The Trendz Acrylic Needles Interchangeable Deluxe Set comes with the following:
9 pairs of Knitting Needles:
US Size 4, 5, 6, 7, 8, 9, 10, 10.5, 11
(Metric Size (mm) 3.5, 3.75, 4.0, 4.5, 5.0, 5.5, 6.0, 6.5, 8.0)
24″ (60cm), 32″ (80cm), 40″ (100cm), 47″(120cm)
8 end caps, 4 cord keys
For those wondering, the end caps screw onto your cords to hold projects without fear of stitches slipping off (I just figured that out this morning – lol!) and the cord keys help you to tighten the needle/cord join. It is also worth noting that the Knitter’s Pride cords are universal, so the cords from this set will also work interchangeably with all the other Knitter’s Pride circular sets.
So who would I recommend this needle set to? Well, honestly anyone! Whether you are a knitting enthusiast who just enjoys trying new tools or a knitter who is looking for an extra set of needles (perhaps for travel) or a beginner looking for a first interchangeable set — the Trendz Interchangeable Set would be a great option for you. Beginners really come to mind though and I would strongly recommend it for this purpose. WEBS has this set available for $36.99, so it is a relatively modest investment for the large selection of needles & cords you get. Plus, I think the needles themselves would fit a beginner’s needs very well. The easy movement, yet tacky characteristics of the needles combined with the smooth join make these needles really easy to use. As a mother, with two young beginner knitters in the house, you can bet these will be in my kids’ hands, too. Besides, what young knitters wouldn’t love these fun colors!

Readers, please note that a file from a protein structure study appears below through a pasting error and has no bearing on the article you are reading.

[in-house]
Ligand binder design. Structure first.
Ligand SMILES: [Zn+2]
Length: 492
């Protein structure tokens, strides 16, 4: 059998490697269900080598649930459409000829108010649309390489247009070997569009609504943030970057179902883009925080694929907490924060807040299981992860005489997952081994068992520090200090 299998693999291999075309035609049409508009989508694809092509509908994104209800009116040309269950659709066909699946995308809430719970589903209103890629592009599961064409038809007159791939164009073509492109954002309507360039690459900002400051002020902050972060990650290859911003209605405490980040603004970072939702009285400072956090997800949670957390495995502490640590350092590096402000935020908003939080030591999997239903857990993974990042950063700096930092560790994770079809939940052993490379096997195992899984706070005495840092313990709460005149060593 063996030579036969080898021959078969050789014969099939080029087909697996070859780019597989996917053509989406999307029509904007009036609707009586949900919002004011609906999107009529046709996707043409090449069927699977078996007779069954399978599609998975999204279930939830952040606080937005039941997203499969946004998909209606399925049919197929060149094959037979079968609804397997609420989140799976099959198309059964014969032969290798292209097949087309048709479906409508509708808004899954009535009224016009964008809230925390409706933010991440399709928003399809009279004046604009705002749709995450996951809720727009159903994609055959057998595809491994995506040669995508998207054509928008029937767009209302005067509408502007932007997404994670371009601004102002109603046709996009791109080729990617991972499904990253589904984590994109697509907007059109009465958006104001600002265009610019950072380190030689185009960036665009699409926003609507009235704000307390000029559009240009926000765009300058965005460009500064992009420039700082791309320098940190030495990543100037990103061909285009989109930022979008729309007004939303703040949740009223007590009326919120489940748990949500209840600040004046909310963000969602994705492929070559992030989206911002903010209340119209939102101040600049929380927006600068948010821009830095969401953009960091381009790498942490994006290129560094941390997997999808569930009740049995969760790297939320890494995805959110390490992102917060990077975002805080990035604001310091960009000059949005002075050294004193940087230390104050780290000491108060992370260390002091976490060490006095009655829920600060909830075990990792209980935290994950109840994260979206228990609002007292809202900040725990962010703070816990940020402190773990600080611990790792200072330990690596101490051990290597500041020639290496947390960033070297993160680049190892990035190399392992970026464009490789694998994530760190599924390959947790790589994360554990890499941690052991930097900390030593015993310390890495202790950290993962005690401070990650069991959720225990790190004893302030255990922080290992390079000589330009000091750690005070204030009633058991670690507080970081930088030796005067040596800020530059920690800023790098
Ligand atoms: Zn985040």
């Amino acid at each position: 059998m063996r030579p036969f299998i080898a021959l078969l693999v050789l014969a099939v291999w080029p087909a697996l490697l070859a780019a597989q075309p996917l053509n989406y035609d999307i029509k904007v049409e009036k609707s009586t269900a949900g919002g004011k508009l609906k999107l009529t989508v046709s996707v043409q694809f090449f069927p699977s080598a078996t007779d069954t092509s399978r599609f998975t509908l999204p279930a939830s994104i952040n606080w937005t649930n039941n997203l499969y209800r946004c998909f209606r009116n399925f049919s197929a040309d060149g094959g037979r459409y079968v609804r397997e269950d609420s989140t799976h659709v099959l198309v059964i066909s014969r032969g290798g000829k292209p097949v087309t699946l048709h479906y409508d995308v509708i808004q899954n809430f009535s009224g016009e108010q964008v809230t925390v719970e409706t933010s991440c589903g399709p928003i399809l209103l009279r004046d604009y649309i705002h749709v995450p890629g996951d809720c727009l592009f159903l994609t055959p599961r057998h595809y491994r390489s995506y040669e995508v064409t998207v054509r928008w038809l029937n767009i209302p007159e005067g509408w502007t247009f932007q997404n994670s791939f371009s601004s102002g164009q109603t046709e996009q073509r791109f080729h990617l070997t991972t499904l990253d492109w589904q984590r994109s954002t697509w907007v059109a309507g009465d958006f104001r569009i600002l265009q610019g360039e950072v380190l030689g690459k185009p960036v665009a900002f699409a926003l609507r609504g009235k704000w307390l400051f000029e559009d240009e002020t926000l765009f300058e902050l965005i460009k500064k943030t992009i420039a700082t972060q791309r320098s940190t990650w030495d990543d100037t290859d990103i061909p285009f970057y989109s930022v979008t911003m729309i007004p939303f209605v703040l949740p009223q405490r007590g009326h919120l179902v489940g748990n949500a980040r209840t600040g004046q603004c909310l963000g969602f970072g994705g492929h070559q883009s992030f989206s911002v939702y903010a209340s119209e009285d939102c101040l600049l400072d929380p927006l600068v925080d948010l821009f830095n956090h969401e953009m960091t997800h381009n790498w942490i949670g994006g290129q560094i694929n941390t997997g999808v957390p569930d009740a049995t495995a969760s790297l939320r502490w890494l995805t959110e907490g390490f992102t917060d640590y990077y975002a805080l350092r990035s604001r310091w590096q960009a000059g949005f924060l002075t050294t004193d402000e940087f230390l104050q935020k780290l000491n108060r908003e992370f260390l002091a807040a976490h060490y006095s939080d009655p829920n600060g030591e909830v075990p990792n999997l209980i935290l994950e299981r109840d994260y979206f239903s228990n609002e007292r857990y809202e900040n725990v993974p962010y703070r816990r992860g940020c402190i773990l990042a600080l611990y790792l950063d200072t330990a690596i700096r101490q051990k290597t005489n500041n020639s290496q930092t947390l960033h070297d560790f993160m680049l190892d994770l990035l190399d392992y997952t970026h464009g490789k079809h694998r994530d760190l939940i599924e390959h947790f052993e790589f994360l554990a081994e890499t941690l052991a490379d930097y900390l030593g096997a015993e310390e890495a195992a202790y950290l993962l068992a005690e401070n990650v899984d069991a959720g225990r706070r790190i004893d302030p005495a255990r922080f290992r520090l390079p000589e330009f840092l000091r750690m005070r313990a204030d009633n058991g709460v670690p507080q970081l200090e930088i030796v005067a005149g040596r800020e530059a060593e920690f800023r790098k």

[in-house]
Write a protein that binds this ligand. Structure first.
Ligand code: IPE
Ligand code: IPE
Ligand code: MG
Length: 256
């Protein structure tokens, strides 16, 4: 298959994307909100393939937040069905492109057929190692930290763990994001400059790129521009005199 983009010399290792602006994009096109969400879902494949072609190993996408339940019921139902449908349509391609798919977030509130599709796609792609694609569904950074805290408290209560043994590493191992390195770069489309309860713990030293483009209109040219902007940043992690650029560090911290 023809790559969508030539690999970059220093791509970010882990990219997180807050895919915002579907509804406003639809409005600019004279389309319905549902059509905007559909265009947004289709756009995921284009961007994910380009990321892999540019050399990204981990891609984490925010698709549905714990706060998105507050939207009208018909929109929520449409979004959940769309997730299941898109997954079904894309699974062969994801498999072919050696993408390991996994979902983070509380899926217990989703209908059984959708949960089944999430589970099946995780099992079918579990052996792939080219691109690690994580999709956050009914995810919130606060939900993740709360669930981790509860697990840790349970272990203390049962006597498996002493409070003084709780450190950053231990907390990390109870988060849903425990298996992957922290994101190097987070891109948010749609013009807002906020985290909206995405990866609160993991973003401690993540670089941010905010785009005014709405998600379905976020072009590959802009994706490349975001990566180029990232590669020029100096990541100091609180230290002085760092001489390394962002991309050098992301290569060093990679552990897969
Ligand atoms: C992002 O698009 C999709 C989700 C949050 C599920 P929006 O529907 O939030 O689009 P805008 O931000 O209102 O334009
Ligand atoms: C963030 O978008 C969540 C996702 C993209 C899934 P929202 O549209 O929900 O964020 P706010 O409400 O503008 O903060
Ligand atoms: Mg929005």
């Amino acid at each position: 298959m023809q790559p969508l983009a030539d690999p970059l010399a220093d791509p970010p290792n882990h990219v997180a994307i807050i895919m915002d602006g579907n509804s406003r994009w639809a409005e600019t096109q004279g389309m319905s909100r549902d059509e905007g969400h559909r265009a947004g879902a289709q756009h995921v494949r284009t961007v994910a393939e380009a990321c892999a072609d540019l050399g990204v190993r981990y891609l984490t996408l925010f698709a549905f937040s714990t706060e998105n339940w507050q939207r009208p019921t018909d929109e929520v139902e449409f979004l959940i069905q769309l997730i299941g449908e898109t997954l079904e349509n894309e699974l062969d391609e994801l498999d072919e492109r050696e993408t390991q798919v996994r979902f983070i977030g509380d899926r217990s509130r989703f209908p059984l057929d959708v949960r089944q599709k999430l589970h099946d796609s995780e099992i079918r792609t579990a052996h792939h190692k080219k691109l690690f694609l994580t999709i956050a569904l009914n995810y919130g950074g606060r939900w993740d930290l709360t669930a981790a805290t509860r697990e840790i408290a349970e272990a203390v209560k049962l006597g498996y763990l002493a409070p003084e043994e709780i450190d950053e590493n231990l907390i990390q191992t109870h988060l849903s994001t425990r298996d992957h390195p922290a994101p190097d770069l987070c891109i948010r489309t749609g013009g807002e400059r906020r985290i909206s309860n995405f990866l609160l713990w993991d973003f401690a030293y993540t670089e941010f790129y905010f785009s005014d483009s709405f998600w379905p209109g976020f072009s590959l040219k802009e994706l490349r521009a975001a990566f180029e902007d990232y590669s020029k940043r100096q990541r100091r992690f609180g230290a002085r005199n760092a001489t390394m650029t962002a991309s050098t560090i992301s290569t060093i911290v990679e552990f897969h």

All in all — and I almost can’t believe I’m saying it — but Knitter’s Pride has made an acrylic needle I can really get behind. These needles are comfortable in my hands, a fantastic deal, and have the potential to play a lot of different roles for a wide variety of knitters. From beginners to the seasoned vet, I think the Trendz Acrylic Needles Interchangeable Deluxe Set is a really great addition to anyone’s toolkit.